Mental health worker jailed for decade long fraud
- Credit: PA Archive/Press Association Ima
A mental health worker who used false documents to get his job of 10 years in the NHS has been sentenced to 15 months imprisonment.
Francis Adekola, 57, of Crownmead Way, Romford, pleaded guilty to one charge of fraud by false representation, one count of obtaining a pecuniary advantage by deception, two counts of using a false instrument and two counts of possessing identity documents with intent at Snaresbrook Crown Court on Thursday after an investigation by NHS fraud specialists, supported by NHS Protect.
Kevin Cane, area anti-fraud manager of NHS Protect, said: “The NHS and public expect the highest standards of probity and honesty from its employees, especially those working with the vulnerable.
“Adekola’s sentence sends a message to others who might consider entering the NHS on false papers”.
During the decade he spent as a Band 3 social therapist at the Newham Centre for Mental Health, Cherry Tree Way, Adekola presented three false passports – two British and one from the Ivory Coast – to his employers as proof of his identity.
Suspicions were raised during a routine document check where copies of the passports were sent to the Home Office’s National Document Forgery Unit which confirmed all three were unreliable as evidence of Adekola’s nationality.
Further checks revealed that Adekola was a Nigerian national and had no legal right to remain or work in the UK.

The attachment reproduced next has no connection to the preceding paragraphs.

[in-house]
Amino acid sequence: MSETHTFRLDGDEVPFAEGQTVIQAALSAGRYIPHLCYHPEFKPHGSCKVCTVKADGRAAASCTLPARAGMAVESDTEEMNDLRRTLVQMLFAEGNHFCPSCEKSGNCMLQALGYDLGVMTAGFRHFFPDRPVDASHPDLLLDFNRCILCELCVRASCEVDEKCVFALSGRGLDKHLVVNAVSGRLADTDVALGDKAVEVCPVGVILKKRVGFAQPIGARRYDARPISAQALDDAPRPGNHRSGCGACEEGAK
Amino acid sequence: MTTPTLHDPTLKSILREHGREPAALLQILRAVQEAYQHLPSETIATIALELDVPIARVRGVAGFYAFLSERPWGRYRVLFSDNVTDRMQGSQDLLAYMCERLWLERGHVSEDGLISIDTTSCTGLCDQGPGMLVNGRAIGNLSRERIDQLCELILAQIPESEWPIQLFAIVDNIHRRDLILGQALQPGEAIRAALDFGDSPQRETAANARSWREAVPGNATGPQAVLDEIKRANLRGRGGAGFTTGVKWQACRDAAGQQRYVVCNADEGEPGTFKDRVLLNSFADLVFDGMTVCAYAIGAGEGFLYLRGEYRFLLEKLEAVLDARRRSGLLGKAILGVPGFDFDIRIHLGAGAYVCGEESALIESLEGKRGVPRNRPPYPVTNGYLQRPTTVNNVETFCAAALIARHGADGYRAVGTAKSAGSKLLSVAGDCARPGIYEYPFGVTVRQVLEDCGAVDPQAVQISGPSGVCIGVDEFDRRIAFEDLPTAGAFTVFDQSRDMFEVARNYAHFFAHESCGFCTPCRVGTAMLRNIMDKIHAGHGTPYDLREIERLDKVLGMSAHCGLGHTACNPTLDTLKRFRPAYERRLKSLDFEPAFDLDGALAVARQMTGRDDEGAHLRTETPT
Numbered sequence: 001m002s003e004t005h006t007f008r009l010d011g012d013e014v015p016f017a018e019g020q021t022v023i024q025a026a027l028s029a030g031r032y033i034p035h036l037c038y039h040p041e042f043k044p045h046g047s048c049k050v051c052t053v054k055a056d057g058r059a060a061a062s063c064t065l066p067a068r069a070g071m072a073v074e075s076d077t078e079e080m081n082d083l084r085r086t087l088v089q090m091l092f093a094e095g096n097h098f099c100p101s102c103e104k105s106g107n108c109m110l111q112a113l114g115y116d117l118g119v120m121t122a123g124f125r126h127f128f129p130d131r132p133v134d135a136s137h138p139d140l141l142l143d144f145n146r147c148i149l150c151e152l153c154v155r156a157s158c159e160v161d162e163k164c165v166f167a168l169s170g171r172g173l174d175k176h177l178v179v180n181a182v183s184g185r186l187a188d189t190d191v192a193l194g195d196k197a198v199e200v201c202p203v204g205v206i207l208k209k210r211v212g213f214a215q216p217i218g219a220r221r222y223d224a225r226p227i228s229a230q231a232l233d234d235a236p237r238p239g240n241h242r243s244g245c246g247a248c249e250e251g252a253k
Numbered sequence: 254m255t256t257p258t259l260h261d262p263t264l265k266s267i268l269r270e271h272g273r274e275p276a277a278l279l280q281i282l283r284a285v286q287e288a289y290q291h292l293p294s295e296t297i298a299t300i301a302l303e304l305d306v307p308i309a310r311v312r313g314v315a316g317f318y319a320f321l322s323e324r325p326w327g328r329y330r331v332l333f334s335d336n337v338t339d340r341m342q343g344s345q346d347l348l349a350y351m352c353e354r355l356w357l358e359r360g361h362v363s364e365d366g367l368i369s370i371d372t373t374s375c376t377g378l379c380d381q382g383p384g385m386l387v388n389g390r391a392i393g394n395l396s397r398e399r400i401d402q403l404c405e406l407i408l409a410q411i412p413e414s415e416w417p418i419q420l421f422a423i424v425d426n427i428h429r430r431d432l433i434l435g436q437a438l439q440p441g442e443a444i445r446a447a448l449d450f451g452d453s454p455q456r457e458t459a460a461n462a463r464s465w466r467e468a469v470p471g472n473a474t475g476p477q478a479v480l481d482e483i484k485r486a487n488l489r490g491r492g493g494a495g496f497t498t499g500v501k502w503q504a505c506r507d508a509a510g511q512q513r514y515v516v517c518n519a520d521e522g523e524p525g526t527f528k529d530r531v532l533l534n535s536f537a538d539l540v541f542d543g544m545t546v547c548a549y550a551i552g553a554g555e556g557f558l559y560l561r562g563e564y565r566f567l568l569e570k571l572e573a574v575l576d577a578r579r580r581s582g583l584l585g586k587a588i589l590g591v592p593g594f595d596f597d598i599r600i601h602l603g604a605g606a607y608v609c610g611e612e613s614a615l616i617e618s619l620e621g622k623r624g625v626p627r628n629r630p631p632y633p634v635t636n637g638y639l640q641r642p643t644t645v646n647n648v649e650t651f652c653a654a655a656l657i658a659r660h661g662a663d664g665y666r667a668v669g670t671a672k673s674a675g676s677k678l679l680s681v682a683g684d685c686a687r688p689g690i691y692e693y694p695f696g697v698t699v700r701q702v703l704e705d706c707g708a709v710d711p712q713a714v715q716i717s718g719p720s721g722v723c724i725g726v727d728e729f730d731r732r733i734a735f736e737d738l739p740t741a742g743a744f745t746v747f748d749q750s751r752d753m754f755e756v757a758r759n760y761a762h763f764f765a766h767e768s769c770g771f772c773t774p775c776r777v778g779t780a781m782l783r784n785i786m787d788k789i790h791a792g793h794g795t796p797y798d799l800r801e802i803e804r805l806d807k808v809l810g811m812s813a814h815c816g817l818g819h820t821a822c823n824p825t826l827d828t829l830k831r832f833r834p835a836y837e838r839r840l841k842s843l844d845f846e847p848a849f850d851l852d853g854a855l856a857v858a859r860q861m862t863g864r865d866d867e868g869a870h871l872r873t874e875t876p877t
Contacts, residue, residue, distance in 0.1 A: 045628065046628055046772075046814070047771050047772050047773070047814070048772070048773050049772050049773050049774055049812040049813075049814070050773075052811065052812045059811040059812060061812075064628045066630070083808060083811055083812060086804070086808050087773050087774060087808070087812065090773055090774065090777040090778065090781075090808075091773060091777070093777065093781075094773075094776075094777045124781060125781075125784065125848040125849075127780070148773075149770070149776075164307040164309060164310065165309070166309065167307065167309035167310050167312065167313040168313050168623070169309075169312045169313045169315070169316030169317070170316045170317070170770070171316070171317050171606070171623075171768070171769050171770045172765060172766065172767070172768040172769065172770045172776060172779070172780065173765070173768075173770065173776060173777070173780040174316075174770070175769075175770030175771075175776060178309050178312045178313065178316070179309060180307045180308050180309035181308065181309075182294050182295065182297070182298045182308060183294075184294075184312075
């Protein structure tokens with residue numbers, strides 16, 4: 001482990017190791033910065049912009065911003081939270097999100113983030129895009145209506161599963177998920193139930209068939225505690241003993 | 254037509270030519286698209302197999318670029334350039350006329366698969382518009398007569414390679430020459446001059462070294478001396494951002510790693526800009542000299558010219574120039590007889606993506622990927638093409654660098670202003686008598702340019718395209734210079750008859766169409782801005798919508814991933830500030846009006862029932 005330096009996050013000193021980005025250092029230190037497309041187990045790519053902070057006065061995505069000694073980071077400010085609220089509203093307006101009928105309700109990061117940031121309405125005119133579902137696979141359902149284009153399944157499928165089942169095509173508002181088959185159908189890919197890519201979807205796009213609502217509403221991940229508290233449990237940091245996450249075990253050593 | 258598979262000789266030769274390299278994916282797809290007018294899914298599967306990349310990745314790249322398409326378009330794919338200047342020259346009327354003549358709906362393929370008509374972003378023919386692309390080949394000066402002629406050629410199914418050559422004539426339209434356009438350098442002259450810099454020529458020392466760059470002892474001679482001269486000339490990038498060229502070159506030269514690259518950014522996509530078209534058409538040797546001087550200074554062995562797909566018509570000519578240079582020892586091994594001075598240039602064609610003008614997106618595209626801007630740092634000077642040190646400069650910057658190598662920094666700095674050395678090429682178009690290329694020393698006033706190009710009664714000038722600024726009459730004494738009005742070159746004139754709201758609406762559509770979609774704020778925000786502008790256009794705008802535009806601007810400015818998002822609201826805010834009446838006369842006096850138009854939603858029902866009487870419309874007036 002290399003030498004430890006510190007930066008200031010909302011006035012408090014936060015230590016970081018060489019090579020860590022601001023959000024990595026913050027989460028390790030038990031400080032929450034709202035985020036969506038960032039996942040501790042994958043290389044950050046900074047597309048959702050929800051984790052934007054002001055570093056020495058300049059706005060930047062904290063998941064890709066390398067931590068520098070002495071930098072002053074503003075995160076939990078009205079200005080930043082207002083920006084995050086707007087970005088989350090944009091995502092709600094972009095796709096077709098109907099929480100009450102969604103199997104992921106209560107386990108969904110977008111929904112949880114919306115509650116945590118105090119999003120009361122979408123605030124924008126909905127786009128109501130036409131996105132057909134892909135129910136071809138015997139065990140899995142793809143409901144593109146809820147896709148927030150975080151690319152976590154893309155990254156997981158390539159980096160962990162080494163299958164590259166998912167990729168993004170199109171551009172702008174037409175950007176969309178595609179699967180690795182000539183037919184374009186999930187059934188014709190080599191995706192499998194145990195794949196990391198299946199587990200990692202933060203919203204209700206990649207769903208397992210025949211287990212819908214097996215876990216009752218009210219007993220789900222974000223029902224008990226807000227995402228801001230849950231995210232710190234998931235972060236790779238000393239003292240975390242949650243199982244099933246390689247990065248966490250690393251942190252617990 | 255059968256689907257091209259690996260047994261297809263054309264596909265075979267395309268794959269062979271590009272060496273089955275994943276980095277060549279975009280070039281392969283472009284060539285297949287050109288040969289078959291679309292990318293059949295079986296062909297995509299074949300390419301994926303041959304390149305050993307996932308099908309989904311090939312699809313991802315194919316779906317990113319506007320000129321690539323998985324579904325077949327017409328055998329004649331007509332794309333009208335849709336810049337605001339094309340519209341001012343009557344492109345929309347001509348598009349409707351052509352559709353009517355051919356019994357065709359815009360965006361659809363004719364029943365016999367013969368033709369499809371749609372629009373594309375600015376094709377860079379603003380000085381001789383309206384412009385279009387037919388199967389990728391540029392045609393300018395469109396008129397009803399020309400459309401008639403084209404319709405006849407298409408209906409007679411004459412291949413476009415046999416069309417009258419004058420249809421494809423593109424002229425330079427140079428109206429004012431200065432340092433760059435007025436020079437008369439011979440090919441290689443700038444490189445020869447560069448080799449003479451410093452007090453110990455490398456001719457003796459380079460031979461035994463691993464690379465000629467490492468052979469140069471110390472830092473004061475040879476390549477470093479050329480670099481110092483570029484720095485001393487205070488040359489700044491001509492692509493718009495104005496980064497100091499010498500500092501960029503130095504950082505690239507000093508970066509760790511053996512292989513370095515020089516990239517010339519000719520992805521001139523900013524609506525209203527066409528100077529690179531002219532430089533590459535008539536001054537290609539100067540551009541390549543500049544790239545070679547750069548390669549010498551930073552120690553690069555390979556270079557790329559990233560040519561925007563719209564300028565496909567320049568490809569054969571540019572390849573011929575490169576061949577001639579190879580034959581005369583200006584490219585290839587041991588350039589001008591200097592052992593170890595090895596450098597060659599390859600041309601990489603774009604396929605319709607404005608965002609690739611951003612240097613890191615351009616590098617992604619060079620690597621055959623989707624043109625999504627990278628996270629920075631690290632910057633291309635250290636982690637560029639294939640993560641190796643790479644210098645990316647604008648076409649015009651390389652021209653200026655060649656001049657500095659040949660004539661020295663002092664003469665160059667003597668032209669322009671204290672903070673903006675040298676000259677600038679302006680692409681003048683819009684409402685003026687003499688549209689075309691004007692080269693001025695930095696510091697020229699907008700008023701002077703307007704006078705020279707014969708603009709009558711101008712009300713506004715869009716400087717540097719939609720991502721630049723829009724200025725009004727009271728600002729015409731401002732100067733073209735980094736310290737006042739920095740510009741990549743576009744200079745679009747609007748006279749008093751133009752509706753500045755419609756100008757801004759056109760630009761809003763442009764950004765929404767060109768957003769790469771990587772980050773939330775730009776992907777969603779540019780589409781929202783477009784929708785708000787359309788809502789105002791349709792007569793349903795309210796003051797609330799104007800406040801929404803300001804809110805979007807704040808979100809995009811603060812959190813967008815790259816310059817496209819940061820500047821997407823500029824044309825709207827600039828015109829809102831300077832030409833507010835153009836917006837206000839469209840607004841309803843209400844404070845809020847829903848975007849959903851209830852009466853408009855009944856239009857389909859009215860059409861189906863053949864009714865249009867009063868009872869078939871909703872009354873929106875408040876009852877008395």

- 1 Man in critical condition after 'deliberate' hit and run in Hornchurch
- 2 Man suffers 'life-threatening' injuries after vehicle hits gas main on A127
- 3 Plans submitted for 'new housing development' in Hornchurch
- 4 Council to inspect 'dangerous' space outside Upminster homes
- 5 Owner calls support for new Gidea Park pizzeria 'overwhelming'
- 6 3 Romford arrests in modern slavery, cannabis and money laundering probe
- 7 Councillor leaves HRA group on council over Labour agreement
- 8 Teen found guilty of robbing boy, 12, in Romford while carrying knife
- 9 ‘Lawless’: Further issues raised with state and maintenance of Romford car park
- 10 Permission granted for streetlights along footpath to hospital
The Department for Work and Pensions confirmed that the national insurance number he provided did not exist and his national insurance card was a forgery.
Adekola, who earned nearly £300,000 over 10 years had been arrested at his workplace in January.
Zenda Butler, local counter fraud specialist, said, “Francis Adekola deceived his employer on numerous occasions and denied a legitimate applicant the opportunity of NHS employment.
“His sentencing demonstrates that seeking to exploit the NHS for personal gain will not be tolerated”.